The Times, Sean O’Neill, 9 June 2014.
Study shows that motorists’ reactions are 26 per cent slower when speaking on a hands-free mobile, and 37 per cent slower when texting
The penalty for using a mobile phone while driving could be increased after research showed that texting and talking had a greater impact on reaction times than drink and drugs.
A study of drivers aged 17 to 24 by the Transport Research Laboratory showed that motorists’ reactions were 26.5 per cent slower when speaking on a hands-free mobile, and 37 per cent slower when texting at the wheel.
Previous research showed that reaction times slowed by 13 per cent when drivers were at the drink-drive limit and by 21 per cent after using cannabis.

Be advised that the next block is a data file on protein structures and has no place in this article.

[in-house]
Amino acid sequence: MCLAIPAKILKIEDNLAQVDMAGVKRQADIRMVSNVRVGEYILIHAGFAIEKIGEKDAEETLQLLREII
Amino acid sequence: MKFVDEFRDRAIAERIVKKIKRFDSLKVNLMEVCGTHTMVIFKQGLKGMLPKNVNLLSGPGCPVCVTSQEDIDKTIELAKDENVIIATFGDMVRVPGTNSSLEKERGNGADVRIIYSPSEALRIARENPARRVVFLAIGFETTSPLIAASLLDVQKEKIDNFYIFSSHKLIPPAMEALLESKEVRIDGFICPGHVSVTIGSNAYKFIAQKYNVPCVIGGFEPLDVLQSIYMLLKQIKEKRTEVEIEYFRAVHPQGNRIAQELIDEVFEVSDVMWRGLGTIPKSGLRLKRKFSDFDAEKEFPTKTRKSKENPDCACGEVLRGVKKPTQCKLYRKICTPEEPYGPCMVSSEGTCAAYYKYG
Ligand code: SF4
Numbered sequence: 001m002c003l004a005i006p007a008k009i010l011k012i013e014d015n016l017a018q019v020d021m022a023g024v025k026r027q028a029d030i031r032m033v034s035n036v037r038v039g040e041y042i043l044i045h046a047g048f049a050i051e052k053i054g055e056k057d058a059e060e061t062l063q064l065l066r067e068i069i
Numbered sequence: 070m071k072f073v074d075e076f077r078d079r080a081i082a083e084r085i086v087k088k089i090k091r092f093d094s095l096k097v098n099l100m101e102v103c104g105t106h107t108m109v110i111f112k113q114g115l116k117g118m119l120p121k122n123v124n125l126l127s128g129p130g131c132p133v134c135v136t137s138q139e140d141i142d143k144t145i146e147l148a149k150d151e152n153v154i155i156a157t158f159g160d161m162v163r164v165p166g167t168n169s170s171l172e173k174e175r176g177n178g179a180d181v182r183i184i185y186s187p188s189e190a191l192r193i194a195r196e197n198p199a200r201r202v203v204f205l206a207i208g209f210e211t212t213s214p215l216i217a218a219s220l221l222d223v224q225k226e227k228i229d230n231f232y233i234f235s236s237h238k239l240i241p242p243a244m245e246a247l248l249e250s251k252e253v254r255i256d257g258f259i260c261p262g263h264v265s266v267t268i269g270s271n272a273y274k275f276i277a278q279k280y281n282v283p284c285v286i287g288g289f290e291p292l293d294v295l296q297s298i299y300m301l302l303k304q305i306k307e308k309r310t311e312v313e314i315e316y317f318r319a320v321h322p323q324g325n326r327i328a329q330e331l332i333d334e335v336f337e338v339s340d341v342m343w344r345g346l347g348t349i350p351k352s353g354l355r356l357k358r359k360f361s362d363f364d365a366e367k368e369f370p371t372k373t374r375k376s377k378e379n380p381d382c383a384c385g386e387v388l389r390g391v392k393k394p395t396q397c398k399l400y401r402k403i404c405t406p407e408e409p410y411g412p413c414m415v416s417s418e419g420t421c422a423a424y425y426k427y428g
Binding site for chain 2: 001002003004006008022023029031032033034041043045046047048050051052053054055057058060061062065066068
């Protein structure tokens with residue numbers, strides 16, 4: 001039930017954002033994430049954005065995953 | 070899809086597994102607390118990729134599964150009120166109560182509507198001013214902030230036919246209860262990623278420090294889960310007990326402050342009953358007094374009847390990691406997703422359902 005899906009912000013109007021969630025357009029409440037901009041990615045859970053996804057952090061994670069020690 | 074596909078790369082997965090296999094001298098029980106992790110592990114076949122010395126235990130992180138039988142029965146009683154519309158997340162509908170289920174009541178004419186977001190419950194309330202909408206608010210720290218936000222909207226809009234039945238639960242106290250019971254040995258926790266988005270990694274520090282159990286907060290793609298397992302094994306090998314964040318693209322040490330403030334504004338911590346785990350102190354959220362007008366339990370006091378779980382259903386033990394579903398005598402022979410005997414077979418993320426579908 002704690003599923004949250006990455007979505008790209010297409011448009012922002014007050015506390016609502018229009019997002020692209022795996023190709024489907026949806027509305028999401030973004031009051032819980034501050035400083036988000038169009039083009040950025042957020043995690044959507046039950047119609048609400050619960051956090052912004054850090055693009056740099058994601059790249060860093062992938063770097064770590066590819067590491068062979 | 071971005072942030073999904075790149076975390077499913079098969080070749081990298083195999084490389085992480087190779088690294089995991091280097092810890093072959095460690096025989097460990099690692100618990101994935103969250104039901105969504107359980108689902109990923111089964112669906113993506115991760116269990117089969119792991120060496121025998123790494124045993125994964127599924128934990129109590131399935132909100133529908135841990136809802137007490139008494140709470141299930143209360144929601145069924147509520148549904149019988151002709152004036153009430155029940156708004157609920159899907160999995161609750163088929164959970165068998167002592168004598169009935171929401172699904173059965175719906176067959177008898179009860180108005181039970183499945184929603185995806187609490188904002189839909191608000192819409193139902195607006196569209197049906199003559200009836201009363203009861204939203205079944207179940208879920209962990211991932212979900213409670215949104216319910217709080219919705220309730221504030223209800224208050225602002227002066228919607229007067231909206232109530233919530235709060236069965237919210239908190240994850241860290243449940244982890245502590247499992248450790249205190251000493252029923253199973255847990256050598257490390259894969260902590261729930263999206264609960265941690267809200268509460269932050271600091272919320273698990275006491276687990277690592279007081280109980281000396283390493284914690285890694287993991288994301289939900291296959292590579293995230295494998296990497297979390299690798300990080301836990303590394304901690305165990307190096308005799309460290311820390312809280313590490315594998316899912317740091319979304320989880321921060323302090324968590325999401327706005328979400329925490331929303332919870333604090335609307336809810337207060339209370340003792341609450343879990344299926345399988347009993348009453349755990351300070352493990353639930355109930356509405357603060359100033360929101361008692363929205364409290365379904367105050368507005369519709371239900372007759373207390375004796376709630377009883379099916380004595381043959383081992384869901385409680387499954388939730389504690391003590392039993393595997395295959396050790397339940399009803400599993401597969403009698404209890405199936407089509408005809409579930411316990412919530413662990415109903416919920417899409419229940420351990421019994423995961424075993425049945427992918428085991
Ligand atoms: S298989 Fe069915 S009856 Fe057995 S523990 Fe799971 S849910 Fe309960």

Using a handheld mobile slowed reaction times by 46 per cent and drivers were far more likely to swerve when texting than when high on cannabis.
The Department for Transport said that it would consider the research in its discussions with the Ministry of Justice on court penalties. A spokesman said: “Using a mobile phone while driving can ruin lives so we are determined that we take strong action.”
The fine for using a phone while driving is £100, up to a maximum of £1,000.